Despite the fact that you don't like to hear it, I'll say it: saved through faith, not through works. That is, a man must not do any work in order to get saved.

This is interesting language you use -- "get saved."  But let us take something briefly -- it appears it is you apparently who did not "read the whole thing."

The remainder of the passage you cited (with the part you cited included to provide context) goes like this:

Quote
For it is by grace you have been saved, through faith—and this is not from yourselves, it is the gift of God— not by works, so that no one can boast. For we are God’s handiwork, created in Christ Jesus to do good works, which God prepared in advance for us to do.

You say "a man must not do any work in order to get saved."  I suppose this is true, but what does it mean?  Does it mean works are excluded from salvation?  By no means!  Not as we Orthodox define salvation.

We don't claim our works merit salvation.  Don't hear this wrong.  No one is saying "if you do X number of good works, God will save you, but if you don't, He won't."  Rather, good works ARE salvation -- good works are what we are saved TO DO.    It is a false dichotomy to separate faith from works.  Paul certainly doesn't do this.  And it is an overreaction to the medieval notion that works merit salvation, which is also wrong.
« Last Edit: January 15, 2011, 10:45:27 AM by David Garner » Logged

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« Reply #7 on: January 15, 2011, 12:00:05 PM »

^ Well said!
"Thus also faith by itself, if it does not have works, is dead.  But someone will say, “You have faith, and I have works.” Show me your faith without your works, and I will show you my faith by my works." (James 2:17-18)
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« Reply #8 on: January 15, 2011, 01:25:32 PM »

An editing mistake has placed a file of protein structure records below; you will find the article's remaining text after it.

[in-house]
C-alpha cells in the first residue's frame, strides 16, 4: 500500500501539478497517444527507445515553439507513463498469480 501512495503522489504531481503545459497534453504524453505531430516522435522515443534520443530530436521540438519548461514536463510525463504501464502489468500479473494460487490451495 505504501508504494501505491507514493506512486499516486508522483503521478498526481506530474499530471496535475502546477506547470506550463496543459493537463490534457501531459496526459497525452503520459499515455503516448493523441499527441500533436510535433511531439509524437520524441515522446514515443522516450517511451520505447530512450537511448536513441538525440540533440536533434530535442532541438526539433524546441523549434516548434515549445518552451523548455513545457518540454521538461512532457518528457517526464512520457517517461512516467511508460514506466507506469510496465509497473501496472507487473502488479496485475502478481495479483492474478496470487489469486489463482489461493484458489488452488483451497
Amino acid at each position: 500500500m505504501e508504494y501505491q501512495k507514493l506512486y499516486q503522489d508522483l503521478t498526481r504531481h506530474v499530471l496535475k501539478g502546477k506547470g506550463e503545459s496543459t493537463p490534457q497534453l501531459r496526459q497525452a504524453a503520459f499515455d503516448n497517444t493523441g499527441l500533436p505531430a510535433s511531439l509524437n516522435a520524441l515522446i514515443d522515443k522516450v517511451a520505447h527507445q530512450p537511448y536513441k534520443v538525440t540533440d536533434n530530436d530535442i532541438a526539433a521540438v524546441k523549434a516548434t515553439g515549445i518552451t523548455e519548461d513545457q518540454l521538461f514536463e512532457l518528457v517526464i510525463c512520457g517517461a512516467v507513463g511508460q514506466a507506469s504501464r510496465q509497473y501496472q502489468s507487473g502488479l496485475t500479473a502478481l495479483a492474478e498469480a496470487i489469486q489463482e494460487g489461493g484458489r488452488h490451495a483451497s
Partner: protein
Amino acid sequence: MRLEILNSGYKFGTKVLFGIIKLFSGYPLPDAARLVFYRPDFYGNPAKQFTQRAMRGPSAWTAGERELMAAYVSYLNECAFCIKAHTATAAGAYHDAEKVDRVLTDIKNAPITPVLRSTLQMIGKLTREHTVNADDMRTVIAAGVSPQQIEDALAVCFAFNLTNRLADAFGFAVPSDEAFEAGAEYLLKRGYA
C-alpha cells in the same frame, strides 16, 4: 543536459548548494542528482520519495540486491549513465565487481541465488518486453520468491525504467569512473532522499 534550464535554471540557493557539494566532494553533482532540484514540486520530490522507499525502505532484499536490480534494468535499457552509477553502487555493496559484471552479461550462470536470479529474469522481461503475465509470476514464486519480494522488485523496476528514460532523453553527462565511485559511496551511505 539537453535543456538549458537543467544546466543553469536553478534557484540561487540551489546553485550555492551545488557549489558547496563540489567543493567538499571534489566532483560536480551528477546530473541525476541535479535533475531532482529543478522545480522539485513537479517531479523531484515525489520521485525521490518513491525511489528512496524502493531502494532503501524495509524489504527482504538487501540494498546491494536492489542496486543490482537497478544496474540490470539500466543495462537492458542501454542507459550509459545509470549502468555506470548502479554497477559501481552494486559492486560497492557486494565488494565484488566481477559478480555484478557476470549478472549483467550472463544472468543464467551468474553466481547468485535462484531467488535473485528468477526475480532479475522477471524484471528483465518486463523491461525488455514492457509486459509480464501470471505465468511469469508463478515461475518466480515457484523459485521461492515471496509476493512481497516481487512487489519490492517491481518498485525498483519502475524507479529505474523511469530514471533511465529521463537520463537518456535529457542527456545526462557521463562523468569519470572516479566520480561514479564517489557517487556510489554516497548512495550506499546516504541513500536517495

Quote from: David Garner
This is interesting language you use -- "get saved.
well, if I had said "be saved" instead of "get saved", it would have been indeed biblical (as it is written in Acts 16.30 "what must I do to be saved?"). I just thought it's not a big difference between "get saved" and "be saved".

Quote
But let us take something briefly -- it appears it is you apparently who did not "read the whole thing."

The remainder of the passage you cited (with the part you cited included to provide context) goes like this:
and you quoted Eph 2.10.
However, I did not contradict Eph 2.10: God prepared the good works in advance for us to do. But it is NOT them that save. Of course God did not intend that His children to do evil things, but instead to do good things. I never said that God wants people to do the evil things. However, there is a great distinction between Eph 2.10 and the idea that "works save". For instance, if a pagan would come at the end of his life to believe in God, Jesus Christ, etc. and a few days after, die, he would certainly not have the works! especially if he was very ill in his bed since he converted till death. Yet he might be saved! (that is, inherit the kingdom of heaven)

Quote
You say "a man must not do any work in order to get saved."  I suppose this is true, but what does it mean?  Does it mean works are excluded from salvation?  By no means!
I think I have explained it for several times. Still you understand something else than what I say. And I think we have a very different view on salvation.

Acts 16.30 says:
"And brought them out, and said, Sirs, what must I do to be saved?
 And they said, Believe on the Lord Jesus Christ, and thou shalt be saved, and thy house. "
It is no process of salvation. You're either saved or not saved. And if he believed on the Lord Jesus Christ, it is said that he would have been saved, not that he would have started the process of his salvation.